If you're going to a march, you are going to want a sign.
A recycled pizza box works well.
This is the opening to If You're Going to a March by Martha Freeman and Violet Kim. I confess, I thought that was kind of a strange start. "Ew, a greasy pizza box?" is what came to mind. I guess the lid would be clean enough. But, I loved the illustrations. Here's the first spread, showing children preparing their signs for a march:
The author continues with other advice. Check the weather so you'll know to dress appropriately and bring an umbrella or sunscreen. Wear sturdy, comfy shoes, and carry as little as you can, but bring water and snacks. Be prepared for a long walk (take public transport, if possible).
There will be speeches. This part might be boring, the book warns. I admit that made me laugh. The author mentions that there may be music and it's fine to have fun dancing. But, then comes the march. You'll need to double-knot your shoes so you don't trip, be careful not to get lost but know your address and phone number, ask someone to hold your sign if you have to go to the restroom (with an illustration showing porta-potties). You should know that police officers are there to keep people safe and reporters might ask you questions. You might end up chanting with other marchers. All great advice and nicely laid out.
Highly recommended - I was going to recommend this book for a particular audience (kids who plan to go on a march) but it occurred to me that not everyone will end up going to a march but some children may be curious what's involved when they see video footage of people marching on TV. So, I'm not going to keep the recommendation as narrow as I originally intended.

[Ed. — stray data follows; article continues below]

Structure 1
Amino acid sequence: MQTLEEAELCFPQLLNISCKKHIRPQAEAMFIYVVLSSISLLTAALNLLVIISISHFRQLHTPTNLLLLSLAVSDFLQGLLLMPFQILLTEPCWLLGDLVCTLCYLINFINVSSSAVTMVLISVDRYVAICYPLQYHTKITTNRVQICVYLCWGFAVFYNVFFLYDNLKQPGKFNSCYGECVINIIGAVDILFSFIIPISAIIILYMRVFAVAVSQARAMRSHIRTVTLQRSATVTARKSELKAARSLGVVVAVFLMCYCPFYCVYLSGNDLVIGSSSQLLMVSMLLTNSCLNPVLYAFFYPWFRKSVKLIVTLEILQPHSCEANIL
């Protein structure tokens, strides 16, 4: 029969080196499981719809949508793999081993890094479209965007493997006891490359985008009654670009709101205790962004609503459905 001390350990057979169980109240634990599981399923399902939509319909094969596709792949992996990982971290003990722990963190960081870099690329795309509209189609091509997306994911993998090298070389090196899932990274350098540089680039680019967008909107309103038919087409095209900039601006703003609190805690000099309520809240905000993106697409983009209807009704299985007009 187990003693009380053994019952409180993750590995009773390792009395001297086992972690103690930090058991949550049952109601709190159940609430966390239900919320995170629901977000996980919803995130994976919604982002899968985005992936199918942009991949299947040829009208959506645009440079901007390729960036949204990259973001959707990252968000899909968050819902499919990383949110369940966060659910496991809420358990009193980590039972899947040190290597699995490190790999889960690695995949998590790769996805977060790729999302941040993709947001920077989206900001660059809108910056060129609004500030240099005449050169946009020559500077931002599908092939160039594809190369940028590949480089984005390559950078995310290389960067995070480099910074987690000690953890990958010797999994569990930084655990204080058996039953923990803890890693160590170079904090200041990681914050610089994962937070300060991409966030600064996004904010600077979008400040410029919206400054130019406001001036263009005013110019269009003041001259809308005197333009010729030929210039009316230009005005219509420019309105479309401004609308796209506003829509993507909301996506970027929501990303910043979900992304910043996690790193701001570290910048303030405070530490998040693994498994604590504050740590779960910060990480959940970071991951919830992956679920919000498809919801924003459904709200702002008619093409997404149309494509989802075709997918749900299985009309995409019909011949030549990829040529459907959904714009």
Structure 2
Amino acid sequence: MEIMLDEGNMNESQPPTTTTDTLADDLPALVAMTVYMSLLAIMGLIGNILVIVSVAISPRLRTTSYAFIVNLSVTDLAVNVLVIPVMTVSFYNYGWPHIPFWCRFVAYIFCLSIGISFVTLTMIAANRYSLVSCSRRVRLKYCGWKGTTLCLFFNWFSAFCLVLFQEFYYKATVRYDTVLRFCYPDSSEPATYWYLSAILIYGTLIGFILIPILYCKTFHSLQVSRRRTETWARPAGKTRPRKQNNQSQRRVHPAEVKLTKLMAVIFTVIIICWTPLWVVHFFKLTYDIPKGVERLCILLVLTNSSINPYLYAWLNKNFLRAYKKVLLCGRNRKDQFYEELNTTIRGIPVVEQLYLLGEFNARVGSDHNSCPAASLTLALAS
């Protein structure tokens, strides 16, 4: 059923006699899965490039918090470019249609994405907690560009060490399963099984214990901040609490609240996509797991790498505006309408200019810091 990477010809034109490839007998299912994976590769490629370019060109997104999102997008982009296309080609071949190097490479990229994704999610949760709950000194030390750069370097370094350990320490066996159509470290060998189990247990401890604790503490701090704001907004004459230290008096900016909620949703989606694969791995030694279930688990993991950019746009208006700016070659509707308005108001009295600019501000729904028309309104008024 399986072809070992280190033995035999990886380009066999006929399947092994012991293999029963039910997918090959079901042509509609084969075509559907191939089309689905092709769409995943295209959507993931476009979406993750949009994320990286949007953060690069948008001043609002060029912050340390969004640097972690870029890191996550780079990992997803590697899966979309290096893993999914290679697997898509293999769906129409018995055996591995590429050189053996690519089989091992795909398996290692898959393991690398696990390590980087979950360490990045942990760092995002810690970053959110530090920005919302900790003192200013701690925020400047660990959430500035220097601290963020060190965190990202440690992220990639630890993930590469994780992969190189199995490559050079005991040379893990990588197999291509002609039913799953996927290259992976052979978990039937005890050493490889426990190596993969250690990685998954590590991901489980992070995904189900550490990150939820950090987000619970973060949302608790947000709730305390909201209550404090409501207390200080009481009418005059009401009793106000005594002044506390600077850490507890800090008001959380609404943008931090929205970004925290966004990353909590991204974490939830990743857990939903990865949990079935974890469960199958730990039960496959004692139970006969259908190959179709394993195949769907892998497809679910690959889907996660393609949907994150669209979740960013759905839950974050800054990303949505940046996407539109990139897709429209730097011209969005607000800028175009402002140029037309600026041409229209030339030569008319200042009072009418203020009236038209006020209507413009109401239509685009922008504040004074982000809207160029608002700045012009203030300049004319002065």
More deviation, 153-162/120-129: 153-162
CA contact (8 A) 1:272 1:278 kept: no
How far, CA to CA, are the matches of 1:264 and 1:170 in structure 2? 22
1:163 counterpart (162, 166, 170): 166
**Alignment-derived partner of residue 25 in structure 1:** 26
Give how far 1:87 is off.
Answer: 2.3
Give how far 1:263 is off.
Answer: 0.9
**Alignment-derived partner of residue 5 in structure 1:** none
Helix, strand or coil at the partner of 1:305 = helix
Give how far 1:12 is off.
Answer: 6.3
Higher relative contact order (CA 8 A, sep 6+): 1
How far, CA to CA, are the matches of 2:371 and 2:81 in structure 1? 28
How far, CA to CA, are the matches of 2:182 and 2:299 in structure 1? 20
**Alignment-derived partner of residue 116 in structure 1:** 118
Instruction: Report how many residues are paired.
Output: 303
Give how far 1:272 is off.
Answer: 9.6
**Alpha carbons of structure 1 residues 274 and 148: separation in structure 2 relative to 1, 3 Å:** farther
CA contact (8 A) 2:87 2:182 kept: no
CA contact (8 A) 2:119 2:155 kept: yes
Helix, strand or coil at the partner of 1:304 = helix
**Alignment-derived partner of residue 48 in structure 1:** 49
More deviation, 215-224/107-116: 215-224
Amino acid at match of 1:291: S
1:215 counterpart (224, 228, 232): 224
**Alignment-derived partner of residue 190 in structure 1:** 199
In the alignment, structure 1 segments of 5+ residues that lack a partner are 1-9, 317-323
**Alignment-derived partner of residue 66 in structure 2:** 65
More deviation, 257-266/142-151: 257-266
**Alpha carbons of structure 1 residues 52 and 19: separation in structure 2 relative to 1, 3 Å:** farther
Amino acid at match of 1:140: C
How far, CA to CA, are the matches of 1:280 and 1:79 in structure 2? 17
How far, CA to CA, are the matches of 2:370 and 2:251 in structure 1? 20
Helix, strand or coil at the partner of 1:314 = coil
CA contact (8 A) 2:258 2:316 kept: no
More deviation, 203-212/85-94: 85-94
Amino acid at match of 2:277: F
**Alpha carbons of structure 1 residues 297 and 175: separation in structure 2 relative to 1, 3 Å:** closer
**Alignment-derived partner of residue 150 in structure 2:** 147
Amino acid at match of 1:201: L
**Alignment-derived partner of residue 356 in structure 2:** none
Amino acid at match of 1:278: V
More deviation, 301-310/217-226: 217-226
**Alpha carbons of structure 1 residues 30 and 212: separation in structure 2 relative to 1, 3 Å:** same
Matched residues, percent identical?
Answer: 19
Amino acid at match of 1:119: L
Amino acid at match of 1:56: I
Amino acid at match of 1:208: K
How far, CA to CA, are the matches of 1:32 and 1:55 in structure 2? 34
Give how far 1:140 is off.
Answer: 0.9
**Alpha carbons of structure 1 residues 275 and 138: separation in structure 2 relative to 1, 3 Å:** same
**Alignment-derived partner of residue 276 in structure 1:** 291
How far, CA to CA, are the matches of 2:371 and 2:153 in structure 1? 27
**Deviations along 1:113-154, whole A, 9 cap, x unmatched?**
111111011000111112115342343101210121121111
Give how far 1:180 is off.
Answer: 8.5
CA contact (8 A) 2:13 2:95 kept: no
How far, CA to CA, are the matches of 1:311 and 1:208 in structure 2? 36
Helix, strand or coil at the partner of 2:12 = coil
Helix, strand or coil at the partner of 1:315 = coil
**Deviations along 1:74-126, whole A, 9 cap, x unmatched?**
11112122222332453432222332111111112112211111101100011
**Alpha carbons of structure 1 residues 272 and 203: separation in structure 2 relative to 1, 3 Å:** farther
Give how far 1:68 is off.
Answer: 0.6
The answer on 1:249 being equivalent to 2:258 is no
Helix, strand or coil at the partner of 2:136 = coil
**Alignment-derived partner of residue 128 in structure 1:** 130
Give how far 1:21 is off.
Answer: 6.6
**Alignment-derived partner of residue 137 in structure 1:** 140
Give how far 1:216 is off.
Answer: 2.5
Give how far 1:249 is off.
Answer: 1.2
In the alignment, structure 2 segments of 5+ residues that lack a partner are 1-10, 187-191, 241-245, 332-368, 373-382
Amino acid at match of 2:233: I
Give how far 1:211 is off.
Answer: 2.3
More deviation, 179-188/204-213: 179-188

Instead, I will say that I think If You're Going to a March offers excellent advice and is a particularly interesting new children's title because it's unique. I've never seen a book about participating in a march, before, although protests have been around for ages and certainly there have been children who participated, in the past. While the illustrations are not done in a favorite style, I found the detail nicely done and the steps to preparing for a march and being in one clearly illustrated so that even a non-reader who might end up on a parent's shoulders or riding in a wagon rather than marching and making a sign can get a great idea of what he or she is about to experience.
There's an afterword in which the author talks about the importance of "we the people" telling the government what we want, through voting, running for office, marching and/or protesting. Past reasons for protests are mentioned and the words are ringed by illustrations showing reasons people have marched in the past, which gives the book a nice, well-rounded feel.
If You're Going to a March is #3 for Children's Week. If I have time, I'll write one more review, today. If not, Children's Week will continue tomorrow.
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